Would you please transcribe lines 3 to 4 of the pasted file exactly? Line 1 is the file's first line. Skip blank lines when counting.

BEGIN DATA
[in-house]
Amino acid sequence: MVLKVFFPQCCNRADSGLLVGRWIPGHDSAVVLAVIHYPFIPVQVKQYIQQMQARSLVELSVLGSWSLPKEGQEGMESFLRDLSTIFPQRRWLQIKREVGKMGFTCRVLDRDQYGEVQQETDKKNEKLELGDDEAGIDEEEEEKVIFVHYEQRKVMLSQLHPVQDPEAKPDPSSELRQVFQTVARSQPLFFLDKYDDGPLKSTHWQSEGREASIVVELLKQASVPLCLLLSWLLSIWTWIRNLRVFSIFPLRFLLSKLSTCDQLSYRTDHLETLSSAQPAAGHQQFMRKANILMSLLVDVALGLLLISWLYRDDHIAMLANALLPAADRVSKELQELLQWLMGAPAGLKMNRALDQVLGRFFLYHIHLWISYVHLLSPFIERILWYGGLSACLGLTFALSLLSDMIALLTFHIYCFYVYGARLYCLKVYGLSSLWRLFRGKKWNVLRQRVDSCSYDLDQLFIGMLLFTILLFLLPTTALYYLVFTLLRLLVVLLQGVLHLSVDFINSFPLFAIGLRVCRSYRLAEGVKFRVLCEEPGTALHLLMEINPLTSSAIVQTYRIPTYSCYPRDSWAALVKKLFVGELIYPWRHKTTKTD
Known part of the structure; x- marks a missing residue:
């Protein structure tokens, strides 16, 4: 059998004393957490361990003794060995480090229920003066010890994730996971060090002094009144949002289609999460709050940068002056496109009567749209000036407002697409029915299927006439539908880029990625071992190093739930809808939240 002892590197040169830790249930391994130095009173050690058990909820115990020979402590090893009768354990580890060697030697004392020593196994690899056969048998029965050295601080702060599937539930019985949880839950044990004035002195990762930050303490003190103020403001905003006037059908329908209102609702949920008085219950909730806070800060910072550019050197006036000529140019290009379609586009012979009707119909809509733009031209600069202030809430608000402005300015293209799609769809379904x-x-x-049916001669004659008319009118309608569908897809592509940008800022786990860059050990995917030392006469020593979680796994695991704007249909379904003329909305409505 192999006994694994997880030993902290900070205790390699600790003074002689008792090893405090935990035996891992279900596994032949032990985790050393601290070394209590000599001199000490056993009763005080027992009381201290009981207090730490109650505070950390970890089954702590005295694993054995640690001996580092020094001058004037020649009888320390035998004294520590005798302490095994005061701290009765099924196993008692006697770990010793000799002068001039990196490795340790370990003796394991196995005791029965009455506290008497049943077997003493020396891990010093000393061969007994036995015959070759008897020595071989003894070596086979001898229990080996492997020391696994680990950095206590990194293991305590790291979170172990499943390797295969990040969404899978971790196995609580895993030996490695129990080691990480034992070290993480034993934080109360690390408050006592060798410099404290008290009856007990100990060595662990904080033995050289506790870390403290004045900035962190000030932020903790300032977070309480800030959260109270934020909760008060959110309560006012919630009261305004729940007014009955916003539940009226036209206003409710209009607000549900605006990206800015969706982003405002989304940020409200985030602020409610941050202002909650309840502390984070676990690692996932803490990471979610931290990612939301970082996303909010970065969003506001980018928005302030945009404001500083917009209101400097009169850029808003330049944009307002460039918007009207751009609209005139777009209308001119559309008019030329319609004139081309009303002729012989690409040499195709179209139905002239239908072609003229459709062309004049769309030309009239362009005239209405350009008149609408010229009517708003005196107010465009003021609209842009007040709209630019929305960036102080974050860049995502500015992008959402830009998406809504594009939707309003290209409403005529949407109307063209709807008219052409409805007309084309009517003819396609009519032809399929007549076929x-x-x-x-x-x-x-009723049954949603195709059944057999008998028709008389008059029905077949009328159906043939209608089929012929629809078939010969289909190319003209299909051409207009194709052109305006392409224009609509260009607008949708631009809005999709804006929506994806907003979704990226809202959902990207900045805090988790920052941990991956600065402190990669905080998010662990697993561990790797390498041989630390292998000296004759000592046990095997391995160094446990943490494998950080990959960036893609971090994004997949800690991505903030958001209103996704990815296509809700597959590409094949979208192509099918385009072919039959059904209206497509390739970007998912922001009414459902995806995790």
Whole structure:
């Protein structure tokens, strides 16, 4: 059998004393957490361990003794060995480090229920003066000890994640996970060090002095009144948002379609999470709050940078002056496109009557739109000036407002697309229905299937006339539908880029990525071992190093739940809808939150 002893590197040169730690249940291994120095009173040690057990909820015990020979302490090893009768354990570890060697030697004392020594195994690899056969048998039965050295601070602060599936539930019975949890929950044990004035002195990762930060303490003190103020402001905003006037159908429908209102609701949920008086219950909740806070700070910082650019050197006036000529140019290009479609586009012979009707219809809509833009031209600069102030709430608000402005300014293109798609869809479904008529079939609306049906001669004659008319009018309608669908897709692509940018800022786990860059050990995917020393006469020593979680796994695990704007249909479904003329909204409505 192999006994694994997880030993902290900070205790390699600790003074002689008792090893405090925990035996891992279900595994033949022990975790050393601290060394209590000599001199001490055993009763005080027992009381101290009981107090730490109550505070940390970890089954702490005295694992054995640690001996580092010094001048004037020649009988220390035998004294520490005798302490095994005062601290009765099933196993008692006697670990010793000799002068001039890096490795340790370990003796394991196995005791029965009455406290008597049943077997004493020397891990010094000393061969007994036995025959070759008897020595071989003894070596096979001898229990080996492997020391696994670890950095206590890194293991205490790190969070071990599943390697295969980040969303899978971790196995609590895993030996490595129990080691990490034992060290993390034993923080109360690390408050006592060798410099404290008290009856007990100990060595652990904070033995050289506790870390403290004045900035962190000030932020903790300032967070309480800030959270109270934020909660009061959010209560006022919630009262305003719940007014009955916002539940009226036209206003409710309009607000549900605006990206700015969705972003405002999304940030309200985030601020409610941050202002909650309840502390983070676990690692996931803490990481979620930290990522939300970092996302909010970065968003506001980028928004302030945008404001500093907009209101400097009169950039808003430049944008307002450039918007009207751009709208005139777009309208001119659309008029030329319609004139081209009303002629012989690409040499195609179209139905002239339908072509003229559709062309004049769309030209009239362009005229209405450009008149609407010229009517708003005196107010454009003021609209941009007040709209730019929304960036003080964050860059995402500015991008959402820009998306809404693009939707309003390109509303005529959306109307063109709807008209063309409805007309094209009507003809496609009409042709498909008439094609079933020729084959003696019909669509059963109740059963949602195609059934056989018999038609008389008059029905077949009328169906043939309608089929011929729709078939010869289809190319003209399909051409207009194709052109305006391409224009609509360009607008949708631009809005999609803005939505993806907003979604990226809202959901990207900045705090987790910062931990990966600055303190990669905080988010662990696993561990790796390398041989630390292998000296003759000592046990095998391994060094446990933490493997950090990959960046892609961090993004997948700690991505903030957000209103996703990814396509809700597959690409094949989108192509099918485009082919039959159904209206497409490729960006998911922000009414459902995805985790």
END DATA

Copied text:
Known part of the structure; x- marks a missing residue:
């Protein structure tokens, strides 16, 4: 059998004393957490361990003794060995480090229920003066010890994730996971060090002094009144949002289609999460709050940068002056496109009567749209000036407002697409029915299927006439539908880029990625071992190093739930809808939240 002892590197040169830790249930391994130095009173050690058990909820115990020979402590090893009768354990580890060697030697004392020593196994690899056969048998029965050295601080702060599937539930019985949880839950044990004035002195990762930050303490003190103020403001905003006037059908329908209102609702949920008085219950909730806070800060910072550019050197006036000529140019290009379609586009012979009707119909809509733009031209600069202030809430608000402005300015293209799609769809379904x-x-x-049916001669004659008319009118309608569908897809592509940008800022786990860059050990995917030392006469020593979680796994695991704007249909379904003329909305409505 192999006994694994997880030993902290900070205790390699600790003074002689008792090893405090935990035996891992279900596994032949032990985790050393601290070394209590000599001199000490056993009763005080027992009381201290009981207090730490109650505070950390970890089954702590005295694993054995640690001996580092020094001058004037020649009888320390035998004294520590005798302490095994005061701290009765099924196993008692006697770990010793000799002068001039990196490795340790370990003796394991196995005791029965009455506290008497049943077997003493020396891990010093000393061969007994036995015959070759008897020595071989003894070596086979001898229990080996492997020391696994680990950095206590990194293991305590790291979170172990499943390797295969990040969404899978971790196995609580895993030996490695129990080691990480034992070290993480034993934080109360690390408050006592060798410099404290008290009856007990100990060595662990904080033995050289506790870390403290004045900035962190000030932020903790300032977070309480800030959260109270934020909760008060959110309560006012919630009261305004729940007014009955916003539940009226036209206003409710209009607000549900605006990206800015969706982003405002989304940020409200985030602020409610941050202002909650309840502390984070676990690692996932803490990471979610931290990612939301970082996303909010970065969003506001980018928005302030945009404001500083917009209101400097009169850029808003330049944009307002460039918007009207751009609209005139777009209308001119559309008019030329319609004139081309009303002729012989690409040499195709179209139905002239239908072609003229459709062309004049769309030309009239362009005239209405350009008149609408010229009517708003005196107010465009003021609209842009007040709209630019929305960036102080974050860049995502500015992008959402830009998406809504594009939707309003290209409403005529949407109307063209709807008219052409409805007309084309009517003819396609009519032809399929007549076929x-x-x-x-x-x-x-009723049954949603195709059944057999008998028709008389008059029905077949009328159906043939209608089929012929629809078939010969289909190319003209299909051409207009194709052109305006392409224009609509260009607008949708631009809005999709804006929506994806907003979704990226809202959902990207900045805090988790920052941990991956600065402190990669905080998010662990697993561990790797390498041989630390292998000296004759000592046990095997391995160094446990943490494998950080990959960036893609971090994004997949800690991505903030958001209103996704990815296509809700597959590409094949979208192509099918385009072919039959059904209206497509390739970007998912922001009414459902995806995790």